People in ketosis also burn an average of about 300 extra calories a day, compared to people on a low-carb diet with macros similar to Atkins phase 3/4[*].
When you eat a ketogenic diet, you burn more calories and feel full on less food. That’s a great recipe for weight loss — but it doesn’t happen with higher carbohydrate intake, like on Atkins or a low-fat diet.
Keto’s extra calorie-burning benefits can also guard against weight gain when you stop trying to consciously lose weight.
Blood Sugar Levels and Type 2 Diabetes Management
Carb restriction, in general, is a good choice if you get blood sugar crashes or sugar cravings, or if you have type 2 diabetes. Limiting carbs and sugar keeps your blood sugar more stable, and keto and Atkins are both good for blood sugar control[*][*].
However, a ketogenic diet seems to be the best choice for managing blood sugar.
Atkins also controls blood sugar and can help people reduce their type 2 diabetes medications, but in studies, it didn’t help people get off their medication entirely, the way keto can[*].
Improves Brain Health
Because ketones easily cross the blood-brain barrier, your brain can use them efficiently for energy, leading to sustained mental performance. Early research even suggests that a ketogenic diet may protect your brain against diseases such as Alzheimer’s, Parkinson’s, and overall neurodegeneration[*].
- Preserving neurons and synapses, which improves short-term memory, focus, attention, and learning
- Lowering neuroinflammation
- Improving cognition in people with dementia
Again, these benefits are specific to a ketogenic diet.
Decreased Risk of Heart Disease
Your cardiologist might be happy if you switch to keto, too. Ketones have antioxidant effects on the lining of your blood vessels, improve blood circulation, and increase the efficiency of your heart.
Getting into a state of ketosis also reduces risk factors for heart disease, including lowering your triglyceride levels and increasing your “good” HDL cholesterol levels[*].
The Benefits of Atkins
On Atkins, you increase your carbohydrate intake, especially during the later phases of the diet.
Some people prefer the added flexibility that Atkins offers. Eating more carbs than a keto diet allows can be helpful in certain situations.
High-level athletes may benefit from slightly higher carb intake than you get on a keto diet, although research is mixed.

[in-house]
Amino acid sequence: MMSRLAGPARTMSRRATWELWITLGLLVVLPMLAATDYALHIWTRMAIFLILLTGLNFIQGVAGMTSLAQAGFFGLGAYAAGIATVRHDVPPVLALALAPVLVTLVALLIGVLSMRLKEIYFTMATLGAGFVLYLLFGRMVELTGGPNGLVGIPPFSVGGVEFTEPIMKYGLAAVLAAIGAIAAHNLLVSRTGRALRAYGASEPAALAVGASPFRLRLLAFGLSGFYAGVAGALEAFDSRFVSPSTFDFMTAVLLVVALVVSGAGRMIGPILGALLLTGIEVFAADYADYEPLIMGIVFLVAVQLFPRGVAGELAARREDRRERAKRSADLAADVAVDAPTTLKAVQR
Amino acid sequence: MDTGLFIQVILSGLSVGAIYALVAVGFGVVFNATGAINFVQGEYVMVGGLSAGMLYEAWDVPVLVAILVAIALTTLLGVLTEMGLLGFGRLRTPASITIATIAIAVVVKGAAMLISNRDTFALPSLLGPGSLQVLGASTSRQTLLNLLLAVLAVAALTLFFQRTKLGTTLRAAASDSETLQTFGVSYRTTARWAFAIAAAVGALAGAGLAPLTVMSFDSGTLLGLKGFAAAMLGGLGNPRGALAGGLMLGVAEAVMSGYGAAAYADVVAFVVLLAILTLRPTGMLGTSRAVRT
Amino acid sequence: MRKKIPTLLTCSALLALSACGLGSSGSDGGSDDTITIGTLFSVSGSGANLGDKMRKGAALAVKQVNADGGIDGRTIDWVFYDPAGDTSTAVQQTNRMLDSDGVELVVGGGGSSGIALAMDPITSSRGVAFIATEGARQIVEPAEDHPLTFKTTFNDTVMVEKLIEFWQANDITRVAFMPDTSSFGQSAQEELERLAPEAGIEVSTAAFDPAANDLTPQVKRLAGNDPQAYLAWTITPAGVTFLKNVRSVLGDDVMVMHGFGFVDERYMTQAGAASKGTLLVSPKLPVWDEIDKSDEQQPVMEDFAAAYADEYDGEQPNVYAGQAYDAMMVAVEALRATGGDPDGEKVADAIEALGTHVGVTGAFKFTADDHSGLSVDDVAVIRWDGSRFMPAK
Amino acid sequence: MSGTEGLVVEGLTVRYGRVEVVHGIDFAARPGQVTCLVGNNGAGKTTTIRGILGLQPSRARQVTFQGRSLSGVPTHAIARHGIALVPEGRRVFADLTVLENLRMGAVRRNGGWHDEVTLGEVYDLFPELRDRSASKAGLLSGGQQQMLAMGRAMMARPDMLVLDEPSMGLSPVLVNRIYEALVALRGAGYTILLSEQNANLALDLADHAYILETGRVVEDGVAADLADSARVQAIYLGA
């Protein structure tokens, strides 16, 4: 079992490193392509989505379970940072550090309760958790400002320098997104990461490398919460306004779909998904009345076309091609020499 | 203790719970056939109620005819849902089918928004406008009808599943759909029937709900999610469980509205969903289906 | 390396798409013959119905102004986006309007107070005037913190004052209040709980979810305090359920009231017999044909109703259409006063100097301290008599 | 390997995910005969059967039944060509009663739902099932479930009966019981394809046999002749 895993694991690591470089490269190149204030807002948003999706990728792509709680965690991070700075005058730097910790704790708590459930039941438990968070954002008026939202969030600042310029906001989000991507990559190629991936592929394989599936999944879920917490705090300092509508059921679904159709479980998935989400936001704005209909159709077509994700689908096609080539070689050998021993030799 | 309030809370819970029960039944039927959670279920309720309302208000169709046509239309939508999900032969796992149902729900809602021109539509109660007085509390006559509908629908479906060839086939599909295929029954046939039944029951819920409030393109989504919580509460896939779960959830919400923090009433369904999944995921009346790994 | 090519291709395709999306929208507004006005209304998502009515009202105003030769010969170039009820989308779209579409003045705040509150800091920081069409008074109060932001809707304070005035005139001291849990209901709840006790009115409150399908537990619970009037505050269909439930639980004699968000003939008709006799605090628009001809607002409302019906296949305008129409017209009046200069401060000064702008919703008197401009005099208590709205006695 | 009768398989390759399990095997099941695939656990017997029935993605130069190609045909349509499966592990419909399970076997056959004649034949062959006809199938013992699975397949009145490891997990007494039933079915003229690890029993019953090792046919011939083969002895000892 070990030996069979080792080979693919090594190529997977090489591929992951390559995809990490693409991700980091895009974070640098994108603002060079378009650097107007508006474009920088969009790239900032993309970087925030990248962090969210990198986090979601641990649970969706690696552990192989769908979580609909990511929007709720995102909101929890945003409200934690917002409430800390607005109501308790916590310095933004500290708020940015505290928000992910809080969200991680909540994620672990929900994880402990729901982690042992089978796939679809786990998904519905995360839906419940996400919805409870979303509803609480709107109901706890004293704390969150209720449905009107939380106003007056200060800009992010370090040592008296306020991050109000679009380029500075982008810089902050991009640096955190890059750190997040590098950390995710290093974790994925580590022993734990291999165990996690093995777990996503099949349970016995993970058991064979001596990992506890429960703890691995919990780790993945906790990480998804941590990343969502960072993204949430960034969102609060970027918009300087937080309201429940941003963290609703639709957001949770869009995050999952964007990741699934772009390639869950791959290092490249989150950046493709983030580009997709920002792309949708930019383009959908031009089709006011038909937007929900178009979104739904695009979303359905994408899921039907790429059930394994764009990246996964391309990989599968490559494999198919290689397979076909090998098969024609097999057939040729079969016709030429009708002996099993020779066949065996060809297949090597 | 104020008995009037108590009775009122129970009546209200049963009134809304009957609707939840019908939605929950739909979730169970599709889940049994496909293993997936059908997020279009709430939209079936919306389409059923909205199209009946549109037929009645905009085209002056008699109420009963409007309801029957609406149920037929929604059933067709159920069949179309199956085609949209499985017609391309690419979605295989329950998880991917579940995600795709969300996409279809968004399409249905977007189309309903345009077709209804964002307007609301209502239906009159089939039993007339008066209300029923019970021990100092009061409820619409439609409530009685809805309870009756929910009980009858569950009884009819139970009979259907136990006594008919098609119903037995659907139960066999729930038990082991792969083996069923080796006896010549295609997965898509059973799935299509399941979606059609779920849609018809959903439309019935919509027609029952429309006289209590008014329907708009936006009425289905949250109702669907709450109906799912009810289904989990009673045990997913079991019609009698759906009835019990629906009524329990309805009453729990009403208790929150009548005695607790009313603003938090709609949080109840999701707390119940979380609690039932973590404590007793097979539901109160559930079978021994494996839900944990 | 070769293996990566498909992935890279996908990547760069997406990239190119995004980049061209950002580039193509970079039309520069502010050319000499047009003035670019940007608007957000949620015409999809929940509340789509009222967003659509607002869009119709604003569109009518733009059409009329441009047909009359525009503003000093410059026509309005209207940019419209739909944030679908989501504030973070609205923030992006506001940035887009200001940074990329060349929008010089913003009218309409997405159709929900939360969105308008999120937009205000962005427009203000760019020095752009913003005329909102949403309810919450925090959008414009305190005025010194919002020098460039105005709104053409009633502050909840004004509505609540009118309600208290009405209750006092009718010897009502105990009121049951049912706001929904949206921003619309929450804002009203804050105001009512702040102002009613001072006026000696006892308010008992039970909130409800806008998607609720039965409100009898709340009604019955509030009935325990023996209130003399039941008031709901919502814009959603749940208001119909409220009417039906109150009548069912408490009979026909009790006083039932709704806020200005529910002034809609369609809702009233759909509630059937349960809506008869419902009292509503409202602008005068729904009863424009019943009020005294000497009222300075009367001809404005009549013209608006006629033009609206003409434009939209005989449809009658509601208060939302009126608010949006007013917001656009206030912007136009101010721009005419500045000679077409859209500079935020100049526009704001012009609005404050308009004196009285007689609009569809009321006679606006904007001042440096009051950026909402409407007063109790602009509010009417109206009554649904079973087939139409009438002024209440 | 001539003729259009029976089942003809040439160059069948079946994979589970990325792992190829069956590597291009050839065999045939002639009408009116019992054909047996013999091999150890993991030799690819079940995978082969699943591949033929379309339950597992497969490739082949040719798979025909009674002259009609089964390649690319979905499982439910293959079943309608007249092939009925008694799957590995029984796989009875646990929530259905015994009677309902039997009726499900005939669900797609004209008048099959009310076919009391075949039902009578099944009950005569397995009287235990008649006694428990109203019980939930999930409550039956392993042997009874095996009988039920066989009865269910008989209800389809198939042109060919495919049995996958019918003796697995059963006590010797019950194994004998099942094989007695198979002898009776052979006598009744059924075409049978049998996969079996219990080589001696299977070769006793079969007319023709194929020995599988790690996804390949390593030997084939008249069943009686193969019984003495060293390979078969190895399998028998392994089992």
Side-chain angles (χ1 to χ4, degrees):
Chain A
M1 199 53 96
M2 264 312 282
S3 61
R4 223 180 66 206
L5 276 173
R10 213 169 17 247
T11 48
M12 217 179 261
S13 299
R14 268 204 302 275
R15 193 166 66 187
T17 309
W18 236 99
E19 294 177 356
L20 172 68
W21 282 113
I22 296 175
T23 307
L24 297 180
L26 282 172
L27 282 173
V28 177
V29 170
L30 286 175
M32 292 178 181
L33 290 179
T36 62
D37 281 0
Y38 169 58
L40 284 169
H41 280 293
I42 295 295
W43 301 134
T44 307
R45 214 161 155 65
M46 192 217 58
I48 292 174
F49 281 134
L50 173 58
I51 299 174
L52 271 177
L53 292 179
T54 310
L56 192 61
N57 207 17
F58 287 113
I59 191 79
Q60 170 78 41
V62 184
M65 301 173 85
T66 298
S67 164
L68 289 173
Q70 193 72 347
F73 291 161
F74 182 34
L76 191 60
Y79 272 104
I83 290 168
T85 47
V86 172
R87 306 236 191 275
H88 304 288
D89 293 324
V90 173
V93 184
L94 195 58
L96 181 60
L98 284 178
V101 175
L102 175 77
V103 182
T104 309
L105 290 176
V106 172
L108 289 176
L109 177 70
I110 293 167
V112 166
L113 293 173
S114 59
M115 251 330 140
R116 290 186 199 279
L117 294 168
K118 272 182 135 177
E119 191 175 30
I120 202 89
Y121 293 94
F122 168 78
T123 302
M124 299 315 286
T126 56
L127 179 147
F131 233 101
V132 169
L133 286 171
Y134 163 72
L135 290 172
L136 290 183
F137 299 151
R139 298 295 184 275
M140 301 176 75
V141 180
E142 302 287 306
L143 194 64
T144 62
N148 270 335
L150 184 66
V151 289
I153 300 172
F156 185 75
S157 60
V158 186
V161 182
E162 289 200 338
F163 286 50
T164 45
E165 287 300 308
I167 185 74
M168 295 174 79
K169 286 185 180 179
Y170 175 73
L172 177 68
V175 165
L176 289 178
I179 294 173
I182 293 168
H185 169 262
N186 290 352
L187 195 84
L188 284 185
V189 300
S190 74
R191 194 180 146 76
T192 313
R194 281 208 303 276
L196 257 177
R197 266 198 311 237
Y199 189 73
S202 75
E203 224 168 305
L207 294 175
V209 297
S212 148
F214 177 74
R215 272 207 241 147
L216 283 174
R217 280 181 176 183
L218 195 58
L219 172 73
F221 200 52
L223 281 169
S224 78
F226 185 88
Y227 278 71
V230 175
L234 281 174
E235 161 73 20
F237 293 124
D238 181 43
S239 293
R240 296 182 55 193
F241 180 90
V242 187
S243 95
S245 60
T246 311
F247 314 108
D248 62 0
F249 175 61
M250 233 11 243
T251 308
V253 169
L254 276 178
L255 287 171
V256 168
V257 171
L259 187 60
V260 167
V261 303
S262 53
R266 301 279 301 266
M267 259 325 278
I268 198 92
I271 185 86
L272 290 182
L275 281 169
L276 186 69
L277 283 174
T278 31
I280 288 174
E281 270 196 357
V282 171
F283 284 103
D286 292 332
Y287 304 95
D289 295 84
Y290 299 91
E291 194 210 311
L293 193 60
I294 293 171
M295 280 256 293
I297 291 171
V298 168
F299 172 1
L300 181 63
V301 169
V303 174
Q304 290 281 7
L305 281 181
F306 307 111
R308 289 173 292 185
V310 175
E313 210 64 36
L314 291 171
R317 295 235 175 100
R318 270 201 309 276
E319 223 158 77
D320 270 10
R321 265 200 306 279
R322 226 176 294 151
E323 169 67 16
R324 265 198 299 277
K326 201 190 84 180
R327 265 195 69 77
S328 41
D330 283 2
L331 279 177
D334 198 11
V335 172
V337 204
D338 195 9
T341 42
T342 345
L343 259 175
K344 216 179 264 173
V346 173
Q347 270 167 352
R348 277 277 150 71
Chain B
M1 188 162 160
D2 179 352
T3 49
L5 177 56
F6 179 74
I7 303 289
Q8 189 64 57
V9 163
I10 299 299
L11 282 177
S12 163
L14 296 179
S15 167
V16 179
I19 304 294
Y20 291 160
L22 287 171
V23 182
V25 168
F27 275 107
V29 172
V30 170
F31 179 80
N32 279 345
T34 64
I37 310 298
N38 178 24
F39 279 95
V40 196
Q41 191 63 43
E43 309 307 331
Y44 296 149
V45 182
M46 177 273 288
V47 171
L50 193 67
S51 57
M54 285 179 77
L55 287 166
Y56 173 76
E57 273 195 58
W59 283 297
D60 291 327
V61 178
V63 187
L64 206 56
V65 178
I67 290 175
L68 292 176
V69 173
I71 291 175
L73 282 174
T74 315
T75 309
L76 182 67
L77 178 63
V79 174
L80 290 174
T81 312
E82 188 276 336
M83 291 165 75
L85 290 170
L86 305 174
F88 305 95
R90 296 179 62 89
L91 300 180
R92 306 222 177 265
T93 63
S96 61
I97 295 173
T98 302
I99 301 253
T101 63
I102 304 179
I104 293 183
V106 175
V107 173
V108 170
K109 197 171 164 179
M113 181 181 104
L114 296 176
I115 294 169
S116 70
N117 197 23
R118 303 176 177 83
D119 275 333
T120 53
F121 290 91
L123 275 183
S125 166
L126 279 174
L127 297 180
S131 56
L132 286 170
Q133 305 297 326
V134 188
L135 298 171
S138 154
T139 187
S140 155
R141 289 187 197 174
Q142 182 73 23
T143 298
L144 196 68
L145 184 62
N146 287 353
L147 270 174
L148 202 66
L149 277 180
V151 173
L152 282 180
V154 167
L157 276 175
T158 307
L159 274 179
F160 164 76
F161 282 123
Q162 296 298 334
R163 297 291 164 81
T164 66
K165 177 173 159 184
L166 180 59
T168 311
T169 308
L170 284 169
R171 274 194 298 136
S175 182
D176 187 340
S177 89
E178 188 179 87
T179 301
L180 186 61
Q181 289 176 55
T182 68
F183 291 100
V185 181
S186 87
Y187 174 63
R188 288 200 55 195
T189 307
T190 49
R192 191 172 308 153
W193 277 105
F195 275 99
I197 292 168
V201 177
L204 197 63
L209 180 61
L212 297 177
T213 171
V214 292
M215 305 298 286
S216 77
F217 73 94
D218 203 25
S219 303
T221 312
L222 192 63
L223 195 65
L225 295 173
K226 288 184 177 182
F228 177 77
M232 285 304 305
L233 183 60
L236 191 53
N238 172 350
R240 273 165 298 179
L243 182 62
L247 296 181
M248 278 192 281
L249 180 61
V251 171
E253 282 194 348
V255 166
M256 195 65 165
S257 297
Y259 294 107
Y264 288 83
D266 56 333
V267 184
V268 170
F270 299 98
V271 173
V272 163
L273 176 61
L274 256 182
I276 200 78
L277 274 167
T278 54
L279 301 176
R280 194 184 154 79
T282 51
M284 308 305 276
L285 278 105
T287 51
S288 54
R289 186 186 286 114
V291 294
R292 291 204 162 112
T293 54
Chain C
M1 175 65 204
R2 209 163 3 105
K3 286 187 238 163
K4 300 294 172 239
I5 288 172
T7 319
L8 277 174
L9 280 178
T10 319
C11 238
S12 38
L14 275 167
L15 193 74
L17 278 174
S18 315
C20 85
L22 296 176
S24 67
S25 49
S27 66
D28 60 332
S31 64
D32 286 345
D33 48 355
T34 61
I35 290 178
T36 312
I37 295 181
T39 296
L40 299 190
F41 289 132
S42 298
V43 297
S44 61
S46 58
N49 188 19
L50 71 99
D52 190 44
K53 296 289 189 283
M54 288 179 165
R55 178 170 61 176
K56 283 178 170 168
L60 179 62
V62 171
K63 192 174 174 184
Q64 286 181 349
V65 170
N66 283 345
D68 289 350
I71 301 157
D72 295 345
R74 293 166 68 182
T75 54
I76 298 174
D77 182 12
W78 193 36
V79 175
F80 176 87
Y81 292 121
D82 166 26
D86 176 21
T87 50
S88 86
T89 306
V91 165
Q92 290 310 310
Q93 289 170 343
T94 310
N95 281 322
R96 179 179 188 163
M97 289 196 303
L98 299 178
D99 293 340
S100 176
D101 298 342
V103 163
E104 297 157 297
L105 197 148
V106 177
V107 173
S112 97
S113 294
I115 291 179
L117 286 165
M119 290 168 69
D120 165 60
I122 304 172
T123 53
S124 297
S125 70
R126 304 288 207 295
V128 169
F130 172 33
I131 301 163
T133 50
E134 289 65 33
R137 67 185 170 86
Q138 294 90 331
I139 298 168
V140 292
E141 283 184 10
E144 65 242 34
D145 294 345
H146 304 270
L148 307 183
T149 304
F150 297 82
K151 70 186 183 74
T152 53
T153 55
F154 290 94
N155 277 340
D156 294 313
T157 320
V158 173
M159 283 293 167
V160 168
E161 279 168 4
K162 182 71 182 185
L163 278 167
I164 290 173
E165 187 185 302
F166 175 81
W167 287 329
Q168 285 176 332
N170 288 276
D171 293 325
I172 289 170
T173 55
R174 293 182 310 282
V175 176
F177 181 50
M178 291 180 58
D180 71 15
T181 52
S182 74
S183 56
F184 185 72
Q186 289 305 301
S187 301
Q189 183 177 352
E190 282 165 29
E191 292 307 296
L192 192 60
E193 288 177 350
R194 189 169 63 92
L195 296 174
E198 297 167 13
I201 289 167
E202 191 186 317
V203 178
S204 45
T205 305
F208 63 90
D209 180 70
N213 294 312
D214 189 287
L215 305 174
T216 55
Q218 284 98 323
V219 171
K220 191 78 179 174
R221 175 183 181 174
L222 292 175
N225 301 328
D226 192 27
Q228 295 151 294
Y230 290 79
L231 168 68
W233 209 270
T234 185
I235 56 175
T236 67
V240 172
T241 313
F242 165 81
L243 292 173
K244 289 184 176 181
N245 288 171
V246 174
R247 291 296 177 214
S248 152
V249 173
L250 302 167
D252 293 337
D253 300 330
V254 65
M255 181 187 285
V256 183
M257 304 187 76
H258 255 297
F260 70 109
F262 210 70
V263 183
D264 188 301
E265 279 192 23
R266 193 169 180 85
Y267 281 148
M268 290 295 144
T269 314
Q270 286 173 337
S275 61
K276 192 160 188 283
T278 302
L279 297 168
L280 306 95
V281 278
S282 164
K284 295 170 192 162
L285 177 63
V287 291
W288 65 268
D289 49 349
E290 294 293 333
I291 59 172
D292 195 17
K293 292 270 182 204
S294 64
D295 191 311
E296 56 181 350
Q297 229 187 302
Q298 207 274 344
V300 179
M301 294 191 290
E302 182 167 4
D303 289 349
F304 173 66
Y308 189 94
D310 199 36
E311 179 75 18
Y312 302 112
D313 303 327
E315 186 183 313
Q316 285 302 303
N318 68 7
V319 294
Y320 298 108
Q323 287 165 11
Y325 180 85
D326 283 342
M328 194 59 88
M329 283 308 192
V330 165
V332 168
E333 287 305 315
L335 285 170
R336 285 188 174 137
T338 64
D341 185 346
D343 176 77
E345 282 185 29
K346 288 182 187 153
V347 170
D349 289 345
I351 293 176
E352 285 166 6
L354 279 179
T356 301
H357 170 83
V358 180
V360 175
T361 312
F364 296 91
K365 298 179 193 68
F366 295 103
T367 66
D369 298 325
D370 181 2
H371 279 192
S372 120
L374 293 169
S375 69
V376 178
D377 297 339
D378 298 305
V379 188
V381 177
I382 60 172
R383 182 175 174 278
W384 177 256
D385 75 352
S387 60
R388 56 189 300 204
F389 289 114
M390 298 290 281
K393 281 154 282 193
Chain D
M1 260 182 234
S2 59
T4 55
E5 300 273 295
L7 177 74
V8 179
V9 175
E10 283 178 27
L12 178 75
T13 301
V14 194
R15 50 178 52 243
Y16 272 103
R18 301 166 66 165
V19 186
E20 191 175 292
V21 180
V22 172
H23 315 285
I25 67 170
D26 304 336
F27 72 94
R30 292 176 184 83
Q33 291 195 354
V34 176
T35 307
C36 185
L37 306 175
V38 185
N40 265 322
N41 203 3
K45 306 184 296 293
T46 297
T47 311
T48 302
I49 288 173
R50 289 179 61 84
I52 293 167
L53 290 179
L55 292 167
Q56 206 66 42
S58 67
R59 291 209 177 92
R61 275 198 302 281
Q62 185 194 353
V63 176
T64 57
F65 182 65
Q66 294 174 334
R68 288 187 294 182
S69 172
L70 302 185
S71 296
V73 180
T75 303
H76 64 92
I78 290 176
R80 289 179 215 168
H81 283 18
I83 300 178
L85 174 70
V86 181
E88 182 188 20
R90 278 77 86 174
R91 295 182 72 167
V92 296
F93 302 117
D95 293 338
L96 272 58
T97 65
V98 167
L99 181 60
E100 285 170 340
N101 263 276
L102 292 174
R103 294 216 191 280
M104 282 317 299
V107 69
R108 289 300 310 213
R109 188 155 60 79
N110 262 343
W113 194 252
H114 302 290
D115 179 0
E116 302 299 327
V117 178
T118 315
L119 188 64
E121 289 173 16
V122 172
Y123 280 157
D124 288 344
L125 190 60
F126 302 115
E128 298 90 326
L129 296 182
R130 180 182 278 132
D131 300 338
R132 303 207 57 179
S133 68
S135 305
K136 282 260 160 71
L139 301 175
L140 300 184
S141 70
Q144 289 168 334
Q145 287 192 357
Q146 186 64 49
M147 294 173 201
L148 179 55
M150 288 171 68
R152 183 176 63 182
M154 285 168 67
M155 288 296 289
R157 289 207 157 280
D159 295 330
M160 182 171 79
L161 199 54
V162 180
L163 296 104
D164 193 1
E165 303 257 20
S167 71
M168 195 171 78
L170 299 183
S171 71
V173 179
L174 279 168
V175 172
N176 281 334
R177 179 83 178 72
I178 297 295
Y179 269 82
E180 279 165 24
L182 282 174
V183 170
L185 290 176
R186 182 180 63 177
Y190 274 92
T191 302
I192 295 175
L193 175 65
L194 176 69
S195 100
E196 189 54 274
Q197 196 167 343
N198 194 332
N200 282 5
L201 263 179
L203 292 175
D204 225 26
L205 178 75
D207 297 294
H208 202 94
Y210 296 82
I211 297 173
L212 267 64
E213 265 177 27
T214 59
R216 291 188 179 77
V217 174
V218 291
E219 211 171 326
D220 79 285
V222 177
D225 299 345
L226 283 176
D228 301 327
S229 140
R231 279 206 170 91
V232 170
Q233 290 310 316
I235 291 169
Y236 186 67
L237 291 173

A recent study of super-endurance athletes found that people in ketosis and people eating carbs performed equally well during a three-hour run[*].
However, another study found that keto-adapted endurance athletes didn’t do as well without carbohydrates as fuel[*].
Anecdotal reports from people are similarly mixed. Some do just fine working out on keto, while others experience a decrease in performance.
If you’re a high-level athlete and your performance suffers on keto, Atkins is a good way to introduce more carbs into your diet.
A ketogenic diet may decrease thyroid hormone production in some people[*] — although again, research is mixed.
The majority of people follow a keto diet without any thyroid issues, and some people with autoimmune thyroid issues actually report an improvement in their symptoms when they switch to keto.
Thyroid hormones regulate carbohydrate metabolism, and some keto experts theorize that the decrease in thyroid activity happens because on keto, your need to metabolize carbs drops significantly.
However, at present, this is purely a theory, and some people who try keto, especially women[*], may see a drop in thyroid hormone production that can cause fatigue and other health issues.
If you have a history of thyroid issues, talk to your doctor about starting a keto diet. If you need more carbs, Atkins may be a better choice for you.
Both keto and Atkins are similar diets, but the key difference that sets them apart is ketosis.
On a ketogenic diet, you’re in ketosis all the time, which comes with additional benefits to your overall health that you won’t necessarily see during the later stages of Atkins. Ketosis is particularly useful for weight loss, heart health, brain function, and blood sugar management.
However, constant ketosis isn’t for everyone. High-level athletes and people with thyroid disorders may do better on a higher-carb diet like Atkins. Or you may just feel better eating more carbs.
What matters most is finding a diet that’s sustainable for you long-term and the best way to figure out your ideal diet is to work with a nutritionist or a dietician and try a few different ones to see what works.